People: Child prodigy of chess grows up
Sunday 28 December 1997
The deciding game came after a string of six draws, played at ever-increasing rates, until a final decider in which the man playing with the white pieces (and therefore moving first) was allowed only five minutes for all his moves, while Black had six. It was the most tense 11 minutes of the competition, and perhaps the most valuable 11 minutes in chess history. The loser would have to be satisfied with pounds 110,000 in prize money; the winner was guaranteed at least twice that.
Considering the importance of the game, Adams attacked with impressive lack of inhibition, and his victory has taken him through to a semi-final against the Indian grandmaster Viswanathan Anand. The winner will meet Anatoly Karpov in a match for the International Chess Federation World Championship beginning on 1 January.
For Michael Adams, 26, the result is the fulfilment of the promise he first showed as a child prodigy in his hometown of Truro in Cornwall. At the age of eight he was already beating experienced adult players. In 1983, he won the Cornish championship - while also holding the titles at the under-18, under-15, under-13 and under-11 age groups. The son of a primary school headmaster, he was academically bright and his decision to abandon his education and become a full-time chess player at the age of 16 was not greeted with wholehearted support by his family. Nevertheless, as his results continued to improve, it looked increasingly as though he had made the right decision.
In his late teens Adams almost literally followed in the footsteps of Nigel Short, who was Britain's leading player and four years his senior; only with each step Adams left a slightly deeper impression. Short had become Britain's youngest ever grandmaster and British champion at the age of 19; Adams broke both those records when only 17. After those successes, however, his career slowed down a little. A very laid-back but rather shy youth, he devoted himself to chess but seemed to rely more on a phenomenal natural talent than the obsessive, glued-to-the-chess-board dedication needed for success at the very highest levels. Even when it was his turn to move, he was occasionally seen gazing round the room in a distracted fashion rather than concentrating on the position. Yet when his gaze returned to the board, he would flick out another powerful move. That skill has never left him. In one game of the current event against the Russian champion Peter Svidler, Adams found himself up against an ingenious idea that his opponent had prepared beforehand. After little thought, Adams rejected the natural move that would have played directly into Svidler's deep analysis, and found instead a safe path to equality. "Mickey is an amazing player - he senses these things," said Svidler afterwards.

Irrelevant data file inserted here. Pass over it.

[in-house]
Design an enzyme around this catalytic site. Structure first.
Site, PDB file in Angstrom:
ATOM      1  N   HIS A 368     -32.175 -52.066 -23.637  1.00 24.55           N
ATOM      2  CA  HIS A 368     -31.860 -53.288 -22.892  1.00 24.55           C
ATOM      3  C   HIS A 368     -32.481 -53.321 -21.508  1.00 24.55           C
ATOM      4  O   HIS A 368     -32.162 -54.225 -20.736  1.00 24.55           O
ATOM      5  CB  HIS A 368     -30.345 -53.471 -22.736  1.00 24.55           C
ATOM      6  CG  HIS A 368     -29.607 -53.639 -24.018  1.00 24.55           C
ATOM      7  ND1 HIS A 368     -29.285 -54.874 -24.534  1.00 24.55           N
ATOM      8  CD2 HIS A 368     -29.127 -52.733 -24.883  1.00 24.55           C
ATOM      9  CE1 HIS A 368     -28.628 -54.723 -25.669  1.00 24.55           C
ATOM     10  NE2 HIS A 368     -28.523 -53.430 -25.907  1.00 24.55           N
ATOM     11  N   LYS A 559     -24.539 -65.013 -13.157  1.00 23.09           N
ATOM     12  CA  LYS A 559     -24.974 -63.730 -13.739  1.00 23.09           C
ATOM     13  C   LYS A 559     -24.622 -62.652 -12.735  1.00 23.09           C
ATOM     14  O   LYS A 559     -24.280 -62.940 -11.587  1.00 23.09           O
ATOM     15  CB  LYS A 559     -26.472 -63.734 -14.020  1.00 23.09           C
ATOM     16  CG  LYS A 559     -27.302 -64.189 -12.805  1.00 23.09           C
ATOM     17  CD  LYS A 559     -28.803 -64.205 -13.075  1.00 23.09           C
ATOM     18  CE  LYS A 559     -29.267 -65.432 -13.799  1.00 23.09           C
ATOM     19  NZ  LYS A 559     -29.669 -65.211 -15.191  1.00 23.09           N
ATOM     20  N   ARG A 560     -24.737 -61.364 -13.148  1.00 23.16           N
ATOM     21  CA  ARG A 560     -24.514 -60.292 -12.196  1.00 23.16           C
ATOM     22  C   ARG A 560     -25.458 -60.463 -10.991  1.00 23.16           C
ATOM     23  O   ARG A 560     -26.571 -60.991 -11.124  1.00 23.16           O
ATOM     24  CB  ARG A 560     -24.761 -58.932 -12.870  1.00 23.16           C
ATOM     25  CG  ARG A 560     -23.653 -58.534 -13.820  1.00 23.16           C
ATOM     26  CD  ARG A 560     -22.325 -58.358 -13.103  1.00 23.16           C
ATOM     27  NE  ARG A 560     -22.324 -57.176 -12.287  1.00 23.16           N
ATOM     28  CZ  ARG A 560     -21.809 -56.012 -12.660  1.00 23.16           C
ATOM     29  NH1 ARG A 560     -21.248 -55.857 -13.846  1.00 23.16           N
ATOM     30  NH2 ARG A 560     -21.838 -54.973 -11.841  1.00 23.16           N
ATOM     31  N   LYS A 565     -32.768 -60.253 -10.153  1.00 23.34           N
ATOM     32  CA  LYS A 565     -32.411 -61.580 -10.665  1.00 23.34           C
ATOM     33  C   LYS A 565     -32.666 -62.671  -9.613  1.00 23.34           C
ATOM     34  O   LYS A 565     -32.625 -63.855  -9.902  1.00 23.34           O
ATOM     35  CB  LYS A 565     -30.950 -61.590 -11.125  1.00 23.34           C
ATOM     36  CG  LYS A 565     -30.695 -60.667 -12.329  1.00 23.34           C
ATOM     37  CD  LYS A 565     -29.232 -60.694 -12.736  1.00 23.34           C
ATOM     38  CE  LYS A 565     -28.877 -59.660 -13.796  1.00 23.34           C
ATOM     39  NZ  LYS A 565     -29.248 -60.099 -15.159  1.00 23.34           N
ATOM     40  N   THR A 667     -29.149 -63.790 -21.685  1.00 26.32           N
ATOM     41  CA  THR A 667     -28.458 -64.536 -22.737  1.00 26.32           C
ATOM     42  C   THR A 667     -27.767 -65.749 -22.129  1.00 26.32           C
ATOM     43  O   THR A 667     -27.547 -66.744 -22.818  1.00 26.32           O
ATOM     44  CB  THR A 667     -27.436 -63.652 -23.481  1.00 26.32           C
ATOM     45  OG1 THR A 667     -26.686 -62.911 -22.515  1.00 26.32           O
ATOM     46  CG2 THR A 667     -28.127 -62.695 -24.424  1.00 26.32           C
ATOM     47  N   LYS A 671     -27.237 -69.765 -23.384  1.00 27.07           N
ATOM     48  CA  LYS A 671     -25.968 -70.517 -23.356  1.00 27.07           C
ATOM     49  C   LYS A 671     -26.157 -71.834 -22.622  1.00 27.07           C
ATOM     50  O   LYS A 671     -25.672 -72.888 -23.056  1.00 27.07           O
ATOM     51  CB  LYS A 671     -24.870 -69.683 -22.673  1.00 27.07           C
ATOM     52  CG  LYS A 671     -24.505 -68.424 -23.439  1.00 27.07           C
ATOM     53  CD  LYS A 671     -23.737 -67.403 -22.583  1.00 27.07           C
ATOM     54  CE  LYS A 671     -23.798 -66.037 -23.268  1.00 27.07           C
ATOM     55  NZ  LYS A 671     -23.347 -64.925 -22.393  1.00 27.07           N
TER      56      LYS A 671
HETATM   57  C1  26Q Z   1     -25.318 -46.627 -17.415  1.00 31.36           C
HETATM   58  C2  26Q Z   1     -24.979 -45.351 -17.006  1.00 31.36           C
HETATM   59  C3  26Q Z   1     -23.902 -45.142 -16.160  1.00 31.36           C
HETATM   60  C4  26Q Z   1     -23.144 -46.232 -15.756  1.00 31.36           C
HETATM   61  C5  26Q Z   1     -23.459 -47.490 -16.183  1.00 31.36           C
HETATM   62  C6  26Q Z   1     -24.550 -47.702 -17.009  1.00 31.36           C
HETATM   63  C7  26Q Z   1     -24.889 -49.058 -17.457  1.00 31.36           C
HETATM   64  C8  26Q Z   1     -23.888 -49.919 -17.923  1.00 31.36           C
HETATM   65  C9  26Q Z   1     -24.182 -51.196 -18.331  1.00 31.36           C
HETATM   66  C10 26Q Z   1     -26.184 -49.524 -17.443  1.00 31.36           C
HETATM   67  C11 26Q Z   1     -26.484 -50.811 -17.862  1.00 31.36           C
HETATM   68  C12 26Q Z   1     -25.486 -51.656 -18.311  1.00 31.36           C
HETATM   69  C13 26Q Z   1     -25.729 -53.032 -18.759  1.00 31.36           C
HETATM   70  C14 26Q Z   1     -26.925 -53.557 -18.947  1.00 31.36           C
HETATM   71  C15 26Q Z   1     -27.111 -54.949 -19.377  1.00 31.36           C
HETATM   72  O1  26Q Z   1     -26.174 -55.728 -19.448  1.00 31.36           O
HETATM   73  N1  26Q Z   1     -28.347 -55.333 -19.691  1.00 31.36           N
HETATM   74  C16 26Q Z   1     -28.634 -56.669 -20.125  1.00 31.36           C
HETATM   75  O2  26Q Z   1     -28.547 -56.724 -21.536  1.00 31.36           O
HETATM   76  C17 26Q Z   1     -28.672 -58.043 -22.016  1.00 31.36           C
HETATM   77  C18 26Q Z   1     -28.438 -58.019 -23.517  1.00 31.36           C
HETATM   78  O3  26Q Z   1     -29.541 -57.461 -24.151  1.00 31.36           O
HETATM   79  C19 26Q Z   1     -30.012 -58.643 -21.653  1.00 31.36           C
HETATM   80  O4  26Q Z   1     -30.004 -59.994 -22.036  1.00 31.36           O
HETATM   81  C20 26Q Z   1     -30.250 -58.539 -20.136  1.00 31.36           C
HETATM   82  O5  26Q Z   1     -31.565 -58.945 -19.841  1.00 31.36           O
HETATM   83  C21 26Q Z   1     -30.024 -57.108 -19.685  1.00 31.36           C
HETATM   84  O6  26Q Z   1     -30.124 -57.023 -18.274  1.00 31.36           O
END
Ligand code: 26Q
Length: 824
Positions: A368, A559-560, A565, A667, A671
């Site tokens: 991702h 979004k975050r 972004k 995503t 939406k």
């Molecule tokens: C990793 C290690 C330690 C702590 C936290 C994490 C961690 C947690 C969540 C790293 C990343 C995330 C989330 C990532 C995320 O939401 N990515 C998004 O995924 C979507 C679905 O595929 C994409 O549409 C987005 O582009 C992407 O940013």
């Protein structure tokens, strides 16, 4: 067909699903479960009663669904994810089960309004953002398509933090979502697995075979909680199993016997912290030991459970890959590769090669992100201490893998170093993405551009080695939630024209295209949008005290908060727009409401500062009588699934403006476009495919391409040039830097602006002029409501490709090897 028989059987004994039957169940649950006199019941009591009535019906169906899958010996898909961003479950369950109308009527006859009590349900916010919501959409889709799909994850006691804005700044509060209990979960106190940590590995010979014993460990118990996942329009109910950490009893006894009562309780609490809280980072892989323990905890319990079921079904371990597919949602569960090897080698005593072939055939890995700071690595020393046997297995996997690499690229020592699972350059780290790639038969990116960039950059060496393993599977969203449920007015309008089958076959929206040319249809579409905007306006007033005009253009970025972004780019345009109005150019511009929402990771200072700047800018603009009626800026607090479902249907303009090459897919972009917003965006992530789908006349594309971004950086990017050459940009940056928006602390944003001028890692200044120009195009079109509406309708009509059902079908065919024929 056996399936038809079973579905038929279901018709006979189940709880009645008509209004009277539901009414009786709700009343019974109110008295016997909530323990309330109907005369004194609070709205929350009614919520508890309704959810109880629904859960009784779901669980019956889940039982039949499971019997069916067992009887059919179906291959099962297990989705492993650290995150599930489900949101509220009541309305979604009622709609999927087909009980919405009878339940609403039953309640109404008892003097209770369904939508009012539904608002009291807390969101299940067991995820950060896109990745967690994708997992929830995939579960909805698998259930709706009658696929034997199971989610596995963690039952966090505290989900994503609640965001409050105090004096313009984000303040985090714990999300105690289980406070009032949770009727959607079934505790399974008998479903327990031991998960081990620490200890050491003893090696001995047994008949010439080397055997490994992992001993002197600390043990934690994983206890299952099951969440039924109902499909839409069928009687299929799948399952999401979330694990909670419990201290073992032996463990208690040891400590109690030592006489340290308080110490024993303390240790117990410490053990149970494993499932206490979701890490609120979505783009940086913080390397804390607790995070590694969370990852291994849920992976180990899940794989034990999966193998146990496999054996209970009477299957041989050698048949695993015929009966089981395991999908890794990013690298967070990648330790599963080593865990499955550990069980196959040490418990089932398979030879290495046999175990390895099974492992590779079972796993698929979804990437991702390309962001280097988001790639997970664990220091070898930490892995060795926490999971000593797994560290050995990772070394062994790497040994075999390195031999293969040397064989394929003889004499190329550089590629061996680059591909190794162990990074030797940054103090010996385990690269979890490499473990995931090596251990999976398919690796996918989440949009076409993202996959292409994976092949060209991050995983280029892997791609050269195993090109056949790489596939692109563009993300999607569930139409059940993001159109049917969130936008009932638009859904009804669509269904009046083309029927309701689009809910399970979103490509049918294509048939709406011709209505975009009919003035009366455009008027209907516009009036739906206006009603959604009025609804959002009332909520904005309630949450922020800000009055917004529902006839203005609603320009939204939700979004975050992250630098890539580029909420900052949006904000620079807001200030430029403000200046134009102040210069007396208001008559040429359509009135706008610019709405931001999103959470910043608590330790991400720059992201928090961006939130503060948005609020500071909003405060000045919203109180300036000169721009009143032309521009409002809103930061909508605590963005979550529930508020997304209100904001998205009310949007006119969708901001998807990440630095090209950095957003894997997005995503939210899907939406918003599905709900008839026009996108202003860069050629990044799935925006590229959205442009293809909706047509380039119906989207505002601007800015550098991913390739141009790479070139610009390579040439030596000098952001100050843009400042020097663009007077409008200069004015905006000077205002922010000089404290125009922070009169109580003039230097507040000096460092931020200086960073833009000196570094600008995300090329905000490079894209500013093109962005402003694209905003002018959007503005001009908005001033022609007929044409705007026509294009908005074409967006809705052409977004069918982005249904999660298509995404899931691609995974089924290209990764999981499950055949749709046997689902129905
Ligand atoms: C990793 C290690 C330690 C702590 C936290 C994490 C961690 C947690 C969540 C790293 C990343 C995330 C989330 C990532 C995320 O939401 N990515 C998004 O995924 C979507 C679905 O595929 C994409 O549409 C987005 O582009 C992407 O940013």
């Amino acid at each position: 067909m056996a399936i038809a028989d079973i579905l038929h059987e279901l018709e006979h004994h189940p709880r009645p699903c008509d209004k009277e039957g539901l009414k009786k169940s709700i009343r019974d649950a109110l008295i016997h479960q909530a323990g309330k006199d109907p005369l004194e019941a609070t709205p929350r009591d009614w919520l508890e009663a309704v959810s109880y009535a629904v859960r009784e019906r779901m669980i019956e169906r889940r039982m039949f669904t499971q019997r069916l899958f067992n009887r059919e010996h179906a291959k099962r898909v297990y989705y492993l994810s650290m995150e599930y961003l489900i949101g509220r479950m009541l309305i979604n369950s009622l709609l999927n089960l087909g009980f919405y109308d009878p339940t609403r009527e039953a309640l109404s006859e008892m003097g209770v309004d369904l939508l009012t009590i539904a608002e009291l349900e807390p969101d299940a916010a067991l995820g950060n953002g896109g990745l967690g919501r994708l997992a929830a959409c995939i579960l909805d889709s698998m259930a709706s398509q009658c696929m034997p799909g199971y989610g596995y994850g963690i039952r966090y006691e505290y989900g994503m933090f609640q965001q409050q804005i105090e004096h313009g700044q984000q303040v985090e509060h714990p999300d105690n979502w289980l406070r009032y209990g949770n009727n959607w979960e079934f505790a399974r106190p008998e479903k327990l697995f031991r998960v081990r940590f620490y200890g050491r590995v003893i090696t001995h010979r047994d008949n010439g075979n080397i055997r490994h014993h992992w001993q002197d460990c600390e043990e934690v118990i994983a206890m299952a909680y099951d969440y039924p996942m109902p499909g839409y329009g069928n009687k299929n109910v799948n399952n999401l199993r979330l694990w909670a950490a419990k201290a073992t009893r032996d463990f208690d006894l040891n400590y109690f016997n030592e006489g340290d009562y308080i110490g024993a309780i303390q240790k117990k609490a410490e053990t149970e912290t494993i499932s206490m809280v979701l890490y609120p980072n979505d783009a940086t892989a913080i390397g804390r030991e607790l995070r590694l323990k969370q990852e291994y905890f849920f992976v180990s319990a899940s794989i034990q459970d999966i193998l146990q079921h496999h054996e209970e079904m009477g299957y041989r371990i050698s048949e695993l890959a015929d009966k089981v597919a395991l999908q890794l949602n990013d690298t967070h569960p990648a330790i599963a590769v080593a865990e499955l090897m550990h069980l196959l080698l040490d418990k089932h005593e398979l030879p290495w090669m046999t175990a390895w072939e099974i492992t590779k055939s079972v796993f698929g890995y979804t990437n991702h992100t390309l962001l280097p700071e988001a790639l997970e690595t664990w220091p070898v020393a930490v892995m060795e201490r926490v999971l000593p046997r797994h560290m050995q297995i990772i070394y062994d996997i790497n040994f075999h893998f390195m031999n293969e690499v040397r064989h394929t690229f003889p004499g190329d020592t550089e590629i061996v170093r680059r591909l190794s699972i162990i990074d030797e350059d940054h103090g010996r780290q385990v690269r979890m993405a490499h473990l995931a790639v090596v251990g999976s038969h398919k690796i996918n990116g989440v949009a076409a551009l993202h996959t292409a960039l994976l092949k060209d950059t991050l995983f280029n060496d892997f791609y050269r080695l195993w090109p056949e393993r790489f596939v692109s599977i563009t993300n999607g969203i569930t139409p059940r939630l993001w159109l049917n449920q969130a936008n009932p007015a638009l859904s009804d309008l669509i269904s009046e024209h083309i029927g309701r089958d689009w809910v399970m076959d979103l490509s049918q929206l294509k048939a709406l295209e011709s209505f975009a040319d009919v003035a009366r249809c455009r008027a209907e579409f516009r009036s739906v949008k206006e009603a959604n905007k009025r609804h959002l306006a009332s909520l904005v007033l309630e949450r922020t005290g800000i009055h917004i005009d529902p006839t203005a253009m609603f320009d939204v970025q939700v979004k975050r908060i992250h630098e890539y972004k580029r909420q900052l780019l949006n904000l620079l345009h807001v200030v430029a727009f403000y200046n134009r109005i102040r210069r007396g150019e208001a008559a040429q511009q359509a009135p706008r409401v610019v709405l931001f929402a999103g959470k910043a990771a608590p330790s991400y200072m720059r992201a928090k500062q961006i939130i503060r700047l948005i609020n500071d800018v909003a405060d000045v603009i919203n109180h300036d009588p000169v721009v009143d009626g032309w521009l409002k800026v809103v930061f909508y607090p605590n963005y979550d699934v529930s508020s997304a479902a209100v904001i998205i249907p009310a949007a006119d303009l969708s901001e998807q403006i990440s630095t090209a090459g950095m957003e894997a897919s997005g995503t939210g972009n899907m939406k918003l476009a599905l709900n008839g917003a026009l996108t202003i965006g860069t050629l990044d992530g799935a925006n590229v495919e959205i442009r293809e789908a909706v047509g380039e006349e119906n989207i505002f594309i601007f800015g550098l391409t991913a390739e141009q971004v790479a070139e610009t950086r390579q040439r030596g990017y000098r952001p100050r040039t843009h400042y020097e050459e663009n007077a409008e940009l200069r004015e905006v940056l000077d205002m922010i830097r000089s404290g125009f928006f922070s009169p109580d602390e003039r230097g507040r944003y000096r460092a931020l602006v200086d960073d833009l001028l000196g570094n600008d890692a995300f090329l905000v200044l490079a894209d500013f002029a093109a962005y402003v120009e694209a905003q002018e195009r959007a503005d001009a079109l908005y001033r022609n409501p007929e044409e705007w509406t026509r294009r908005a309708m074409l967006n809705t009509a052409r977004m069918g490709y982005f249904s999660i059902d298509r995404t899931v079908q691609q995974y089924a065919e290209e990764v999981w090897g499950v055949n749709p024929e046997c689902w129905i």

It is not quite clear when in his career, Michael Adams became "Mickey", but it was probably during one of the between-game drinking sessions for which he was much criticised (and occasionally praised) during his early years as a grandmaster. When one world title eliminator in 1990 ended in a tie between Adams and two other players, the qualifying place for the next round was decided by the random choice of a bingo machine. Adams selected number nine, "because that's the number of pints of beer I drank last night", he said. The bingo machine evidently approved for that was the number it selected.
Adams began to take chess more soberly in the 1990s. In 1993, when political divisions in the chess world led to two parallel competitions for different world titles, Adams reached the last eight of the official championship and the last four of the rival Professional Chess Association version. In that event, however, he was convincingly beaten by Viswanathan Anand. He will see his current match with Anand both as a real test of his improvement and an opportunity for revenge.
BERYL Bainbridge has taken the job of researching her latest novel to great heights. After the success of Every Man for Himself, her Booker work about the last voyage of the Titanic, the ever-active Bainbridge is now working on a new novel about the Crimean War, and has just spent a hair-raising week tramping round the sites of the most famous battles, including Sebastopol, Inkerman, and the Valley of Death. The determined Bainbridge's only protection was a small camera crew from the South Bank Show, who were recording the adventure, and two large moustached gentlemen hired as "drivers" from the local populace. Undaunted, Bainbridge took great delight in weathering the worst that unheated, unilluminated Russian trains could throw at her, wearing specially purchased long johns, and telling one friend, "It made me realise just what the troops had to put up with to get there in the first place".